Now, Lenovo claims its 48.8W-hr lithium polymer battery is good for 7 hours of use and I'm inclined to believe that it is possible with limited use, but five hours is easily achievable. Running PCMark Vantage with the screen on full brightness the E420s soldiered on for ninety minutes.
A decent spec, but the build quality is what impresses most
Along with PCMark Vantage, I also ran 3DMark06 and received a fairly decent score of 6937. Even with its good overall performance, this ThinkPad is still very much portable weighing in at a mere 2kg with a 348mm x 236mm footprint. At 30.5mm at its thickest, even the smallest of backpacks should be accommodating.
The ThinkPad range has been typically targeted at business users, however, I can certainly see more general users adopting the Edge series, especially as the price of the business class fare edges further below the £1000 mark. This Core i5 version is no number crunching beast and the battery life could be better, but this model would suit those who might want to dabble in the more graphically demanding tasks now and again. If you’re looking to buy a mid-spec laptop for the longhaul and yet seek the build quality usually reserved for the top end, then the Lenovo E420s is easy to recommend. ®
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Lenovo ThinkPad Edge E420s 14in Core i5 laptop
Even the "businessy" models have started this slide to the mass market, cheap-as-chips 16:9 low-res panels. Does nobody realise just how badly they murder productivity? Or do people just watch films on the train these days?
2GB of dedicated graphics memory and a 1366x768 screen? It's like a match made in hea.... no, wait a second...
Vertical resolution is so important
My (work) ThinkPad T61 is 1440x900. It's the smallest number of vertical pixels I think is even slightly useful. I'd much rather have a 4x3 screen, especially since the advent of widescreen seems to have coincided with software using up more and more vertical space. If you use Google Docs within Firefox (pre v4 or on XP) or IE, a huge amount of your vertical space is taken up with toolbars, menus, bookmarks and the like. And the new Office ribbon isn't much better. Saving vertical space was the chief reason why I switched to Chrome for browsing.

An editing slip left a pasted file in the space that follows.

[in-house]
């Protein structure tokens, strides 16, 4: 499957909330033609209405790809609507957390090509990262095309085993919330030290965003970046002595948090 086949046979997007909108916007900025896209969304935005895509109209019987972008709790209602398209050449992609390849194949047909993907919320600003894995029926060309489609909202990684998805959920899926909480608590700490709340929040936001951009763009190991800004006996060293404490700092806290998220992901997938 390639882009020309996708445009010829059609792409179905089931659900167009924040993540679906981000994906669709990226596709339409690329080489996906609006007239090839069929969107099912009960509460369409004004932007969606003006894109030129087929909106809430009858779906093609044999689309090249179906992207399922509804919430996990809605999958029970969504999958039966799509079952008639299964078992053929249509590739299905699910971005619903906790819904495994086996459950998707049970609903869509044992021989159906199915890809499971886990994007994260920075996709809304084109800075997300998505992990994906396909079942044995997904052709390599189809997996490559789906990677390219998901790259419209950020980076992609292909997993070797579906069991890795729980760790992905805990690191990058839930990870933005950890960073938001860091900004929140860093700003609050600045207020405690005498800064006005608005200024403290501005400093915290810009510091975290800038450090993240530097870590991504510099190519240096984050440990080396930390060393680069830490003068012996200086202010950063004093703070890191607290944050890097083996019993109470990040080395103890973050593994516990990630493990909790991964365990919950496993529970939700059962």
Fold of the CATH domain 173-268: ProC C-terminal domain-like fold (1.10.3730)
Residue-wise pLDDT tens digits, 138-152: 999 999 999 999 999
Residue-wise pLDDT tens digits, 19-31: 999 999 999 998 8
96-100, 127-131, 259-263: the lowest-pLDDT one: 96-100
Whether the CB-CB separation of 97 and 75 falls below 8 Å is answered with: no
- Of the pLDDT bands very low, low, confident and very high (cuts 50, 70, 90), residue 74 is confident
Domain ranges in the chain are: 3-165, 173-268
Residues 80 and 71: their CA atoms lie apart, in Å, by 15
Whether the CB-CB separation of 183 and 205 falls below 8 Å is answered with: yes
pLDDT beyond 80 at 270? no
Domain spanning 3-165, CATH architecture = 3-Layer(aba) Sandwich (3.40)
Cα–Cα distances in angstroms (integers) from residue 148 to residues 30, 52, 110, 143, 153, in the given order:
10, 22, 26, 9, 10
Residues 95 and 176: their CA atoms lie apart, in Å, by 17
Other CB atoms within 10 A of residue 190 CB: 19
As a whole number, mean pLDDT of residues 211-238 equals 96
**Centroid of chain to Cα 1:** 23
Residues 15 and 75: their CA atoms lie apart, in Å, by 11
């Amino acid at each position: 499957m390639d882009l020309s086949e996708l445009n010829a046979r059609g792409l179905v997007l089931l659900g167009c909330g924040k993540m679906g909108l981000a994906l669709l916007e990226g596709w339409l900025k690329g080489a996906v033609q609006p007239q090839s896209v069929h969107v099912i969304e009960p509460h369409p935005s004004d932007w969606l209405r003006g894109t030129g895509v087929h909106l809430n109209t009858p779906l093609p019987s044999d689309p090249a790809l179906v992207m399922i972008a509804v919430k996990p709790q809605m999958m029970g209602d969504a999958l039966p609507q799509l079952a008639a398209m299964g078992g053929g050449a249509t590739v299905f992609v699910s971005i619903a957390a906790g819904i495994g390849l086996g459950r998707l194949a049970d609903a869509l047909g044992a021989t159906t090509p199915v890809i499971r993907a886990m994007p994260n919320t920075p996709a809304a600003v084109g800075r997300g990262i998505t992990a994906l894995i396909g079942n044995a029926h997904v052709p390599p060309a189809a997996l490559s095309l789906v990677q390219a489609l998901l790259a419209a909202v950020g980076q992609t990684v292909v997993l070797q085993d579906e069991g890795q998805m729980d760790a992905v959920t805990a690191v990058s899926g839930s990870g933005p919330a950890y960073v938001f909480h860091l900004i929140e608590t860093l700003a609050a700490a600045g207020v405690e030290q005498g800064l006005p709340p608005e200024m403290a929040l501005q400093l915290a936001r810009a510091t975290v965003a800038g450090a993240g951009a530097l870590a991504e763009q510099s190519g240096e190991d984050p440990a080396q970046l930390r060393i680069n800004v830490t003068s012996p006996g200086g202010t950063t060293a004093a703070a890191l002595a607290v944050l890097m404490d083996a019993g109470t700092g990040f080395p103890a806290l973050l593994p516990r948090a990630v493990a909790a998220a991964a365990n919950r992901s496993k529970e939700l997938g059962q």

Widescreen is completely inappropriate for most working purposes. I couldn't care less about watching movies on my laptop. I have a television for that.
I don't see it getting much better though.
Too Short; Too Fat
It would be a kindness to remind your readers that 768 vertical pixels are VASTLY inadequate for any serious use. Even browsing is a pain and 768 pixels are insufficient for any serious word processing and many spreadsheets. The only reason for that crazy screen shape comes in two letters: DV, followed by a repeated D.
My T400s is better, 1440x900, but still insufficiently tall and at the price of teeny, tiny type. Anyone who actually works on a portable needs 4x3 or even a square screen, with as much vertical real estate as possible.
So, please remind your readers that 768 pixels are not enough, unless the laptop is meant only for email and DVDs.
Suits more than suits...
I'd say with only 768 vertical pixels on that widescreen setup, it won't suit the suits that do anything more that powerpoint presentations. Widescreens that small are only fit for watching movies on a plane.
The world is vertical, webpages scroll vertically, emails scroll vertically, why would anyone choose to view the world through the IT equivalent of a Panzer's port hole?
Mine's the one with the "Campaign for 4:3 laptops" pin on the lapel.
@ AC 08:16
Surely you mean the noun "pedant", not the adjective "pedantic"...
So you know what's coming!